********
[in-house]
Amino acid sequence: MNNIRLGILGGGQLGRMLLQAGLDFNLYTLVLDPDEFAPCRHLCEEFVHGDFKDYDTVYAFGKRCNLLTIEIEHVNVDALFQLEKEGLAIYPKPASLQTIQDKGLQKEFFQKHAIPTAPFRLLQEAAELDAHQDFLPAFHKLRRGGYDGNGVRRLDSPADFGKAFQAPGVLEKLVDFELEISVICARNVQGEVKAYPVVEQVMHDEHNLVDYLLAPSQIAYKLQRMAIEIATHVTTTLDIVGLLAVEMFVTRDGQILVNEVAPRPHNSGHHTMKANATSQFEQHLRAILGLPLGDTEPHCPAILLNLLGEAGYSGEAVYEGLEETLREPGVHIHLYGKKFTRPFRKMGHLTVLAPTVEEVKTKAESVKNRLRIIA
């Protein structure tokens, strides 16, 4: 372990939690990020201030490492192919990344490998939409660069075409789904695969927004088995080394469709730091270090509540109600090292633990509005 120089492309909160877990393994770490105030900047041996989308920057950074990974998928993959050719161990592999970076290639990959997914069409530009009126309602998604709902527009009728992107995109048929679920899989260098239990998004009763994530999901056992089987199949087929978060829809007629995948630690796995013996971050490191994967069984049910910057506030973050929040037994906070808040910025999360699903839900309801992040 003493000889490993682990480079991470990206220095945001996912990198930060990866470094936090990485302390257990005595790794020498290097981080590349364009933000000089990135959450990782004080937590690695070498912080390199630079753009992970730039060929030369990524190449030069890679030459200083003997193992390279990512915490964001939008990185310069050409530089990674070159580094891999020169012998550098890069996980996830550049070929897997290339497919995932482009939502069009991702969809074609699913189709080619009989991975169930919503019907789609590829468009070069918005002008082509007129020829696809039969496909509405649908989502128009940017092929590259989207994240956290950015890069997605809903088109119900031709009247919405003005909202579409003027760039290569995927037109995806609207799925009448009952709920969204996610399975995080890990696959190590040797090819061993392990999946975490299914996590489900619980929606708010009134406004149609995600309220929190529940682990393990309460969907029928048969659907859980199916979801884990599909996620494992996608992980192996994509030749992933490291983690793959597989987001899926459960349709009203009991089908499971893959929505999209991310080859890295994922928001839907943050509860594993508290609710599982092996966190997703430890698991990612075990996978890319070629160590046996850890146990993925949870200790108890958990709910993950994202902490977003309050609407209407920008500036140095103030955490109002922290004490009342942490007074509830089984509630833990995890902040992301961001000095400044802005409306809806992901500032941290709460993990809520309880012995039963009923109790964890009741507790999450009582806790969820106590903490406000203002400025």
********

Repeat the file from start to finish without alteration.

[in-house]
Amino acid sequence: MNNIRLGILGGGQLGRMLLQAGLDFNLYTLVLDPDEFAPCRHLCEEFVHGDFKDYDTVYAFGKRCNLLTIEIEHVNVDALFQLEKEGLAIYPKPASLQTIQDKGLQKEFFQKHAIPTAPFRLLQEAAELDAHQDFLPAFHKLRRGGYDGNGVRRLDSPADFGKAFQAPGVLEKLVDFELEISVICARNVQGEVKAYPVVEQVMHDEHNLVDYLLAPSQIAYKLQRMAIEIATHVTTTLDIVGLLAVEMFVTRDGQILVNEVAPRPHNSGHHTMKANATSQFEQHLRAILGLPLGDTEPHCPAILLNLLGEAGYSGEAVYEGLEETLREPGVHIHLYGKKFTRPFRKMGHLTVLAPTVEEVKTKAESVKNRLRIIA
């Protein structure tokens, strides 16, 4: 372990939690990020201030490492192919990344490998939409660069075409789904695969927004088995080394469709730091270090509540109600090292633990509005 120089492309909160877990393994770490105030900047041996989308920057950074990974998928993959050719161990592999970076290639990959997914069409530009009126309602998604709902527009009728992107995109048929679920899989260098239990998004009763994530999901056992089987199949087929978060829809007629995948630690796995013996971050490191994967069984049910910057506030973050929040037994906070808040910025999360699903839900309801992040 003493000889490993682990480079991470990206220095945001996912990198930060990866470094936090990485302390257990005595790794020498290097981080590349364009933000000089990135959450990782004080937590690695070498912080390199630079753009992970730039060929030369990524190449030069890679030459200083003997193992390279990512915490964001939008990185310069050409530089990674070159580094891999020169012998550098890069996980996830550049070929897997290339497919995932482009939502069009991702969809074609699913189709080619009989991975169930919503019907789609590829468009070069918005002008082509007129020829696809039969496909509405649908989502128009940017092929590259989207994240956290950015890069997605809903088109119900031709009247919405003005909202579409003027760039290569995927037109995806609207799925009448009952709920969204996610399975995080890990696959190590040797090819061993392990999946975490299914996590489900619980929606708010009134406004149609995600309220929190529940682990393990309460969907029928048969659907859980199916979801884990599909996620494992996608992980192996994509030749992933490291983690793959597989987001899926459960349709009203009991089908499971893959929505999209991310080859890295994922928001839907943050509860594993508290609710599982092996966190997703430890698991990612075990996978890319070629160590046996850890146990993925949870200790108890958990709910993950994202902490977003309050609407209407920008500036140095103030955490109002922290004490009342942490007074509830089984509630833990995890902040992301961001000095400044802005409306809806992901500032941290709460993990809520309880012995039963009923109790964890009741507790999450009582806790969820106590903490406000203002400025």